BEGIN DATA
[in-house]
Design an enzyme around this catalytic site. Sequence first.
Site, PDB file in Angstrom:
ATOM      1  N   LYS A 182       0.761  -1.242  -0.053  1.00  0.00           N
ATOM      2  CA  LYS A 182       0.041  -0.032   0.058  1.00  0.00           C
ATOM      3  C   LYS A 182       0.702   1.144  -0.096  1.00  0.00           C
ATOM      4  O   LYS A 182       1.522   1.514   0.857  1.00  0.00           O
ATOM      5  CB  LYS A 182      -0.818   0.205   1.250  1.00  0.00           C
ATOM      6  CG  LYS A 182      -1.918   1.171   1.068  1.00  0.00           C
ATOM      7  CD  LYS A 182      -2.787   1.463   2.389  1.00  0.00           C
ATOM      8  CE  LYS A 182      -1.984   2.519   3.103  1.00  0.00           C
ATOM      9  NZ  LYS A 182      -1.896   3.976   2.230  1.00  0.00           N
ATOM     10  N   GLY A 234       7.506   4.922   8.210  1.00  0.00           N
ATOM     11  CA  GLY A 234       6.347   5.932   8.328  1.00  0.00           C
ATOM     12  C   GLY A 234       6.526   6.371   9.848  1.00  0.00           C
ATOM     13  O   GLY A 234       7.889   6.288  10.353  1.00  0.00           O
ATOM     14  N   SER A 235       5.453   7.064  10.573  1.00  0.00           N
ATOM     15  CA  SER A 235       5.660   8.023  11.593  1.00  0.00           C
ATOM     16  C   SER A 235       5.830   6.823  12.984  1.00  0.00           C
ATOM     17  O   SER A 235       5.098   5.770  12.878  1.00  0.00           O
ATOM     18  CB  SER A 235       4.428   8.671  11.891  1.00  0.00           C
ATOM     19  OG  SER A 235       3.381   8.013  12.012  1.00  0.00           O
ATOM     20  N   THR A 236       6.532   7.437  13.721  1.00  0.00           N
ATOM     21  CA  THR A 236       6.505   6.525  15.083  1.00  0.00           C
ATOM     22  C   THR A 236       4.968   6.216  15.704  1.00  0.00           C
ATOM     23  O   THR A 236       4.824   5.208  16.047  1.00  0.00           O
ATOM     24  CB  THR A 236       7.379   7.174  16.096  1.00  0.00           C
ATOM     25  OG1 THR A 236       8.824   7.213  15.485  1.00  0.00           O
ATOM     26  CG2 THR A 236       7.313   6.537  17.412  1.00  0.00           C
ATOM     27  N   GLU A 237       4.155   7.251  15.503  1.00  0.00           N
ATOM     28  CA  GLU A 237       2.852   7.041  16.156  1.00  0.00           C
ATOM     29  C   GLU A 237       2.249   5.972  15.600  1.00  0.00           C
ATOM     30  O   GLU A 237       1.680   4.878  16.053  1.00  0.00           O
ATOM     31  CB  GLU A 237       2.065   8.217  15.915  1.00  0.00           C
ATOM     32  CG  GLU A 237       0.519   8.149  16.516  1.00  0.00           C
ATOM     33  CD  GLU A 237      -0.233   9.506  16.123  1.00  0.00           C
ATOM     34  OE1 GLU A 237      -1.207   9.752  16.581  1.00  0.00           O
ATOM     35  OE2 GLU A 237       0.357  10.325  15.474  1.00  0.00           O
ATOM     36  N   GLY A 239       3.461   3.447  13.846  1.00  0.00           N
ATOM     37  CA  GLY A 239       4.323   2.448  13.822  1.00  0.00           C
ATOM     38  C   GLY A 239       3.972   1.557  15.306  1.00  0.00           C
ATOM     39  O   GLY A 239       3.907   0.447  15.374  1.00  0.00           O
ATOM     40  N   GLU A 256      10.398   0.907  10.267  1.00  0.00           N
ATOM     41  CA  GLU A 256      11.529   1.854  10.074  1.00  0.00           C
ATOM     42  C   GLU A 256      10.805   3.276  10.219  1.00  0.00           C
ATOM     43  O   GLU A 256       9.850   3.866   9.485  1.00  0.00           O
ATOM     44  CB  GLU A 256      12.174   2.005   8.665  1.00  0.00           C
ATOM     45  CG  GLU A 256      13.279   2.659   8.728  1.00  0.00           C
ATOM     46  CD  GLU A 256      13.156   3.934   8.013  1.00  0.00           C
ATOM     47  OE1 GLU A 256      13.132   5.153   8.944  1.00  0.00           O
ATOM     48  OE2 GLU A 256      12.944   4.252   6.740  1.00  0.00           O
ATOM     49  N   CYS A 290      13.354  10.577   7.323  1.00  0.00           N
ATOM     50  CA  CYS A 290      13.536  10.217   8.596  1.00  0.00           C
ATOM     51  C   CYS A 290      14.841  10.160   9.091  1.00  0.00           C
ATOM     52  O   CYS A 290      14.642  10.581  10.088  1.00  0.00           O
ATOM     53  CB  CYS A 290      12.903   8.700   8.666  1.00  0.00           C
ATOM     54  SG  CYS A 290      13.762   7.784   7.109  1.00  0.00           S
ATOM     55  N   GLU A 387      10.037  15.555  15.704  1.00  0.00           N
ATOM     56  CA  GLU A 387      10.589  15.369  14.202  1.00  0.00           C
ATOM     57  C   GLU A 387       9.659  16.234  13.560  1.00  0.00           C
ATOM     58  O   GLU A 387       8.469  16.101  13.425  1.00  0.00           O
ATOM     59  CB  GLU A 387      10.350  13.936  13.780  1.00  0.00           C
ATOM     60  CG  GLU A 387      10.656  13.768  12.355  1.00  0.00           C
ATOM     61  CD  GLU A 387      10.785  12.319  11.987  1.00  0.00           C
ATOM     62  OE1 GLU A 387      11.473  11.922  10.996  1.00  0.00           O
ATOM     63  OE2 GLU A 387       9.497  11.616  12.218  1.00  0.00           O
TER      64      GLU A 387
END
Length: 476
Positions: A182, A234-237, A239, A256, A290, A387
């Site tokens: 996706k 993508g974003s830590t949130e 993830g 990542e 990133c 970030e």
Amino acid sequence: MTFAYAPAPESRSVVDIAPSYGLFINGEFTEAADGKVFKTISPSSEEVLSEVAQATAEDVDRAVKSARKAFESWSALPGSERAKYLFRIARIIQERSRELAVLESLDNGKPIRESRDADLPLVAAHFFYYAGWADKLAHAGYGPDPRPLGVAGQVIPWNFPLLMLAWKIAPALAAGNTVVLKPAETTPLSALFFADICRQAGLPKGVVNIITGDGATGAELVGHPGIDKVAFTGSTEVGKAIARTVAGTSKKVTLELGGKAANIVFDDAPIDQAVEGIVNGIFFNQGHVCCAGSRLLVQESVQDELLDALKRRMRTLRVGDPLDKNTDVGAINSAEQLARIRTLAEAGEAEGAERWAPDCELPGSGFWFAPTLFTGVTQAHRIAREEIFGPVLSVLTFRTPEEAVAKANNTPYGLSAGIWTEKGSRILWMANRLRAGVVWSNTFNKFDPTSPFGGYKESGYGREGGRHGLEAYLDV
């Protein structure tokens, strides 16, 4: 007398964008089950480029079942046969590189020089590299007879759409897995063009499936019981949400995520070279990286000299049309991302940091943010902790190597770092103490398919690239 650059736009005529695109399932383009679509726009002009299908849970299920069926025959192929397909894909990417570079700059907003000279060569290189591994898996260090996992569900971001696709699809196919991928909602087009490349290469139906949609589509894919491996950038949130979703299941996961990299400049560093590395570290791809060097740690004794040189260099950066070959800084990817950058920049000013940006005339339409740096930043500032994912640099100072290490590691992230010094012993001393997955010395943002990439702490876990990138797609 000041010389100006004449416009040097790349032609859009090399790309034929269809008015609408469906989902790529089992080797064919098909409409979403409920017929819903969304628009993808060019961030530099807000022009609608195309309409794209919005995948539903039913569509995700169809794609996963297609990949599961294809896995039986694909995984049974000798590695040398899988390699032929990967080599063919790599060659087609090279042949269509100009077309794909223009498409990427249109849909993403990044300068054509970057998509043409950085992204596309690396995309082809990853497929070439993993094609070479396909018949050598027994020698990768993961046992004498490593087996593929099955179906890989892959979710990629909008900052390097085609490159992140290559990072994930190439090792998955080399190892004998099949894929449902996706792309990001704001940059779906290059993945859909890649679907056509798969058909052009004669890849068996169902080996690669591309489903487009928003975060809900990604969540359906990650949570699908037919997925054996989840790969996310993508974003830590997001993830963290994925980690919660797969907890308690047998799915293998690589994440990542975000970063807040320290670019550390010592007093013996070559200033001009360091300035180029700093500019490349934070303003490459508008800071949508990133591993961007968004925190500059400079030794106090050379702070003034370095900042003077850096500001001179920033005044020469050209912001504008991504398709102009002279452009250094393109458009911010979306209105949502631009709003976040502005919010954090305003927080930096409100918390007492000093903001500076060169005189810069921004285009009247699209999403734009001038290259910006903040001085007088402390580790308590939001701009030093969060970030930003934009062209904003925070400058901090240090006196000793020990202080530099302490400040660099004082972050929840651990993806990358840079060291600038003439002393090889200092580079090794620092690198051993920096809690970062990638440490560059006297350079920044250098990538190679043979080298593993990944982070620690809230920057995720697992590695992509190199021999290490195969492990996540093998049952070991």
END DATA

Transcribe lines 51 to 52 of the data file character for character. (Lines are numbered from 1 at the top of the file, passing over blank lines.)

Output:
ATOM     48  OE2 GLU A 256      12.944   4.252   6.740  1.00  0.00           O
ATOM     49  N   CYS A 290      13.354  10.577   7.323  1.00  0.00           N